Raw (non-manipulated) temperature data doesn’t show anything remotely resembling manipulated results “achieved” in the University of East Anglia. Therefore, any “replication” that agrees with latter results must be an equally shameless manipulation of data. Everything else is obfuscation.
Like draws to like the whole world over.

Neil Hampshire

Can someone please explain to me what is the concern regarding temperature data?
The Muir Russel report covers this in section 6 and Appendix 7. The point they are making has been very effectively summarized by the BBC correspondent Richard Black who writes as follows:-
“The Muir Russell team investigated this by just about the simplest method you could think of. They downloaded the temperature data themselves from public databases, and wrote a computer program that would combine the datapoints into a temperature record for the instrumental period.
The entire process took less than two days. All the data they needed was freely available, writing the code was a cinch, and it produced a curve similar to the ones produced by CRU and its counterparts in the US and Japan.
Anyone competent in the field could do the same, the inquiry team elaborated. You can take out data points you don’t like, you can apply whatever correction factors you want (such as the one that Nasa’s GISTEMP series uses to compensate for the dearth of measuring stations across the Arctic), and you can therefore end up with a temperature curve that might look a little different: but don’t say it can’t be done, because it can.”
If it is that simple why has someone not done it?
Why are we putting in all these Freedom of Information requests if the data is freely available?
Will someone please explain?

Rattus Norvegicus says:
July 10, 2010 at 10:48 pm
It seems that there were some problems with the earlier data set because it did not agree well with other efforts as it did not seem to reflect long term variability properly. The new methodology did handle this properly.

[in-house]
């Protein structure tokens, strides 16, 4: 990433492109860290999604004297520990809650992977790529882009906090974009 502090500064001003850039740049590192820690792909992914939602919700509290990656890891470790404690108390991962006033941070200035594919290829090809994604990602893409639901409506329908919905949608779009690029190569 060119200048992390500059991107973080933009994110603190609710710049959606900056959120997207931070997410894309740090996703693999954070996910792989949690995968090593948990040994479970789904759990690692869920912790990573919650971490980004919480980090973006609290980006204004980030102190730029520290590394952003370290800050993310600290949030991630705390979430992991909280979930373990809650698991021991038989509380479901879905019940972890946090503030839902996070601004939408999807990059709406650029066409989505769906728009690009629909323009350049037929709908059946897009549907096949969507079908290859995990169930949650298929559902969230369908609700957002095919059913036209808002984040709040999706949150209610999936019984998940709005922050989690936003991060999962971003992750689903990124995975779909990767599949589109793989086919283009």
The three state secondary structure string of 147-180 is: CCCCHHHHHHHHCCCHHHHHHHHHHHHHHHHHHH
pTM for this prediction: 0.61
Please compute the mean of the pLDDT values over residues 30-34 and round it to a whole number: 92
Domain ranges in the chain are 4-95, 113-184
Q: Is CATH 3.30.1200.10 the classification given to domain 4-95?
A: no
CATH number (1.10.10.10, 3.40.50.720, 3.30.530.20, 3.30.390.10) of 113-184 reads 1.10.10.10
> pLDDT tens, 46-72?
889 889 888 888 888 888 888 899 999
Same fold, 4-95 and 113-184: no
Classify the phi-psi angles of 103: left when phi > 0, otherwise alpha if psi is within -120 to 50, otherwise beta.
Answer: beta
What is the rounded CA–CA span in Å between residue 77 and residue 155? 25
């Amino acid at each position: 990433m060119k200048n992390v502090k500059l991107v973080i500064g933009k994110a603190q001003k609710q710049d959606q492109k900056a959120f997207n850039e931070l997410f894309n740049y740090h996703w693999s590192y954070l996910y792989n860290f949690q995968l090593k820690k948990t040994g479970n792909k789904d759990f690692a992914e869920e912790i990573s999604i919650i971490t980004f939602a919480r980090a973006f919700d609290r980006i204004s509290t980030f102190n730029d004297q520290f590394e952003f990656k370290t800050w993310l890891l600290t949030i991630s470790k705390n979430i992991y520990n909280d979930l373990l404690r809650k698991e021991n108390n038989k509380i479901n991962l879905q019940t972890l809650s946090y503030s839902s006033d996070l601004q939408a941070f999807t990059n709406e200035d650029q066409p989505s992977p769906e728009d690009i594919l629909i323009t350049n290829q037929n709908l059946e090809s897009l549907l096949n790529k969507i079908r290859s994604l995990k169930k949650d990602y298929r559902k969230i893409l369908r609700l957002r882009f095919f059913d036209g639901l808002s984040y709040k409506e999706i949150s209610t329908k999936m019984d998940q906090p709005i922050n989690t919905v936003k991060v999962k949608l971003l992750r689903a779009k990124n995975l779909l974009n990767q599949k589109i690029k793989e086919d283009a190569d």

On the subject of Briffa’s methodology, if you think giving undue prominence to a single tree (the bewitched larch of Yamal) with a ~8 standard deviation anomaly with respect to the rest of the (small) dataset used is ‘handling the data properly’, then I’m not surprised you don’t think there is anything to see here.

Martin Brumby

@rms says: July 10, 2010 at 11:27 pm
As a UK citizen I have to agree. The loonies are certainly in charge of the asylum here. But increasingly people with no interest in “Climate Science” are getting more sceptical at the oversold alarmist claims and can see their tax bills and energy costs shooting up.
There is still a mountain to climb.
But I look forward to the day of reckoning when the peasants with lighted torches and pitchforks converge on the ivory AGW towers.

Rattus Norvegicus

Alexander, you are quite wrong. Look at the graphs produced in the report. It is right there. Several blog based analysis using raw data have shown that the raw warming trend is GREATER than the trend shown with the adjusted data.
Anna V: I merely ask for the same standard to be applied to all. Just because I call S. Fred on his BS, why should I be held to a higher standard than those who are willing to call Jones, Mann or whoever frauds… I merely called S. Fred delusional.

Muir Russell was just another management consultant brought in to write the report the management instructed him to.

Neil Hampshire said:
“If it is that simple why has someone not done it? Why are we putting in all these Freedom of Information requests if the data is freely available? Will someone please explain?”
You’re right of course, Steve or Ross or David simply didn’t think to download this readily available information. What fools they must think themselves now they realise there was such an easy way to get the data they required. Thank goodness we have such indepedent experts as Muir Russell and his team to point out our collective stupidity. 🙂
Tonyb

Doug S

John, I applaud your courage in posting your name and address. Please be careful with that kind of thing because it can have risks. I do the same from time to time but I usually regret having done so.